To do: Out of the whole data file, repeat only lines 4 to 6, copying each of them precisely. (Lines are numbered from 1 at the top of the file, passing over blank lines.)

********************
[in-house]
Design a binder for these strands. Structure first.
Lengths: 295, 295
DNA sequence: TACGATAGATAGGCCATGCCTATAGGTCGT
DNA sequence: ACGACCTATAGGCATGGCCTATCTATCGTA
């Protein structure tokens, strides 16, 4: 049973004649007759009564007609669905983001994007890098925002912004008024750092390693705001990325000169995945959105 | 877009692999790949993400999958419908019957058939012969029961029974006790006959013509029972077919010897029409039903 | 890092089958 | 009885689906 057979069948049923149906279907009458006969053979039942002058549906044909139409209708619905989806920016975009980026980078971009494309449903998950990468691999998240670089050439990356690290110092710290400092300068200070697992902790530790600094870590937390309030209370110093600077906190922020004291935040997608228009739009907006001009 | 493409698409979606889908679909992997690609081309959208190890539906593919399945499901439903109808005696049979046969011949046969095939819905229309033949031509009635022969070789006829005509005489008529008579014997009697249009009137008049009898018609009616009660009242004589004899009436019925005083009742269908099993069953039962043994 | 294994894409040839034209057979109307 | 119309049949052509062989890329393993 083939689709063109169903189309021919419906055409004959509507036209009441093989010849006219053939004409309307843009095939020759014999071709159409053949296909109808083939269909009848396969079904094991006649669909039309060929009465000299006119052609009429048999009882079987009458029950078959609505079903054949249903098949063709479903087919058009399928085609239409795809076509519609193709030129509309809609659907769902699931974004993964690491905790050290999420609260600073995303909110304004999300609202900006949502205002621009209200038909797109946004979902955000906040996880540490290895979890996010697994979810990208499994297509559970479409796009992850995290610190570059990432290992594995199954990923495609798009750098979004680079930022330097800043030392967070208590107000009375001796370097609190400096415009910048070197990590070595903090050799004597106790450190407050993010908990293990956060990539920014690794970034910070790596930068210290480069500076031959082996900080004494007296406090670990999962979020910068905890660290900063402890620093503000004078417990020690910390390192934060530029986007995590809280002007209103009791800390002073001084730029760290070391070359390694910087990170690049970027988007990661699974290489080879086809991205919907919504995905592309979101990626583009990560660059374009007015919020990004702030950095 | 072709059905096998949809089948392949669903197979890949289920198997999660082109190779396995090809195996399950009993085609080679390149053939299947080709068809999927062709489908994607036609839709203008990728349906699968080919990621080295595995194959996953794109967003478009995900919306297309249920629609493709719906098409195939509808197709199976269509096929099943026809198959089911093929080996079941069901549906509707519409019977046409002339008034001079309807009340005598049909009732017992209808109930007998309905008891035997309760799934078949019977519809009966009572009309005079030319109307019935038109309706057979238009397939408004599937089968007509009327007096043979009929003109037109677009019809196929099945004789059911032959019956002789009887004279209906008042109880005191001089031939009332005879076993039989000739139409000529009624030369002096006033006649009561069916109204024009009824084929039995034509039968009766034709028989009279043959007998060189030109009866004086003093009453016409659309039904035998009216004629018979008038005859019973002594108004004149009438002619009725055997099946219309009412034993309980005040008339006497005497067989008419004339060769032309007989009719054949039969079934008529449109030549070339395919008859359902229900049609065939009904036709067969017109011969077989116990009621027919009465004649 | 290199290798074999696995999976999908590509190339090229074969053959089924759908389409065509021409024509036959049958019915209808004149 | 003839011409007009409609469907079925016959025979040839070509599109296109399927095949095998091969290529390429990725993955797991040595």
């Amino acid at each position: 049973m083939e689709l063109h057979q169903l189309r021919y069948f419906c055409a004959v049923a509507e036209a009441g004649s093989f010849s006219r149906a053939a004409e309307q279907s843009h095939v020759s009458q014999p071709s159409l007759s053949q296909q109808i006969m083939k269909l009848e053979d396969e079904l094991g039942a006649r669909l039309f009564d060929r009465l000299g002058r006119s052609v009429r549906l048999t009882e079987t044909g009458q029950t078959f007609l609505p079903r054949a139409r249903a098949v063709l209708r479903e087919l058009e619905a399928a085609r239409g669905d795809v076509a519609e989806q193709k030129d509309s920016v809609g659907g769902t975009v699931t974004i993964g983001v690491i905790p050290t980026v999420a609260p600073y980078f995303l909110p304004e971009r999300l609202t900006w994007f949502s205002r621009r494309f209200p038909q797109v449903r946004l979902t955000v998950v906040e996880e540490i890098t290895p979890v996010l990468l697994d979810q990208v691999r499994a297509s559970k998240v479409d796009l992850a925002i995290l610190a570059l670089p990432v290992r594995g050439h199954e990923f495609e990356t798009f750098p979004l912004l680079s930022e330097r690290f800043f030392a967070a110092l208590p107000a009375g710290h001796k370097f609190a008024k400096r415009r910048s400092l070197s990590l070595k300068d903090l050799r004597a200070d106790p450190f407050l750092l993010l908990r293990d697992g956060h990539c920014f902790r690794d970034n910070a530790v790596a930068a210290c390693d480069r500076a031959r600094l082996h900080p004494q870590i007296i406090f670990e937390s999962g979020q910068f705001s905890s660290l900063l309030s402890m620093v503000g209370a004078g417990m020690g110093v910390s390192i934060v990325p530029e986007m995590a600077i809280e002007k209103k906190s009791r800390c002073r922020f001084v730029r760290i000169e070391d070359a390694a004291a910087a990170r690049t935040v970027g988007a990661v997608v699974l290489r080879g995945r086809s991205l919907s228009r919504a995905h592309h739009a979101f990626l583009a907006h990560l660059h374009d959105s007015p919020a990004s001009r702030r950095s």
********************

DNA sequence: TACGATAGATAGGCCATGCCTATAGGTCGT
DNA sequence: ACGACCTATAGGCATGGCCTATCTATCGTA
């Protein structure tokens, strides 16, 4: 049973004649007759009564007609669905983001994007890098925002912004008024750092390693705001990325000169995945959105 | 877009692999790949993400999958419908019957058939012969029961029974006790006959013509029972077919010897029409039903 | 890092089958 | 009885689906 057979069948049923149906279907009458006969053979039942002058549906044909139409209708619905989806920016975009980026980078971009494309449903998950990468691999998240670089050439990356690290110092710290400092300068200070697992902790530790600094870590937390309030209370110093600077906190922020004291935040997608228009739009907006001009 | 493409698409979606889908679909992997690609081309959208190890539906593919399945499901439903109808005696049979046969011949046969095939819905229309033949031509009635022969070789006829005509005489008529008579014997009697249009009137008049009898018609009616009660009242004589004899009436019925005083009742269908099993069953039962043994 | 294994894409040839034209057979109307 | 119309049949052509062989890329393993 083939689709063109169903189309021919419906055409004959509507036209009441093989010849006219053939004409309307843009095939020759014999071709159409053949296909109808083939269909009848396969079904094991006649669909039309060929009465000299006119052609009429048999009882079987009458029950078959609505079903054949249903098949063709479903087919058009399928085609239409795809076509519609193709030129509309809609659907769902699931974004993964690491905790050290999420609260600073995303909110304004999300609202900006949502205002621009209200038909797109946004979902955000906040996880540490290895979890996010697994979810990208499994297509559970479409796009992850995290610190570059990432290992594995199954990923495609798009750098979004680079930022330097800043030392967070208590107000009375001796370097609190400096415009910048070197990590070595903090050799004597106790450190407050993010908990293990956060990539920014690794970034910070790596930068210290480069500076031959082996900080004494007296406090670990999962979020910068905890660290900063402890620093503000004078417990020690910390390192934060530029986007995590809280002007209103009791800390002073001084730029760290070391070359390694910087990170690049970027988007990661699974290489080879086809991205919907919504995905592309979101990626583009990560660059374009007015919020990004702030950095 | 072709059905096998949809089948392949669903197979890949289920198997999660082109190779396995090809195996399950009993085609080679390149053939299947080709068809999927062709489908994607036609839709203008990728349906699968080919990621080295595995194959996953794109967003478009995900919306297309249920629609493709719906098409195939509808197709199976269509096929099943026809198959089911093929080996079941069901549906509707519409019977046409002339008034001079309807009340005598049909009732017992209808109930007998309905008891035997309760799934078949019977519809009966009572009309005079030319109307019935038109309706057979238009397939408004599937089968007509009327007096043979009929003109037109677009019809196929099945004789059911032959019956002789009887004279209906008042109880005191001089031939009332005879076993039989000739139409000529009624030369002096006033006649009561069916109204024009009824084929039995034509039968009766034709028989009279043959007998060189030109009866004086003093009453016409659309039904035998009216004629018979008038005859019973002594108004004149009438002619009725055997099946219309009412034993309980005040008339006497005497067989008419004339060769032309007989009719054949039969079934008529449109030549070339395919008859359902229900049609065939009904036709067969017109011969077989116990009621027919009465004649 | 290199290798074999696995999976999908590509190339090229074969053959089924759908389409065509021409024509036959049958019915209808004149 | 003839011409007009409609469907079925016959025979040839070509599109296109399927095949095998091969290529390429990725993955797991040595």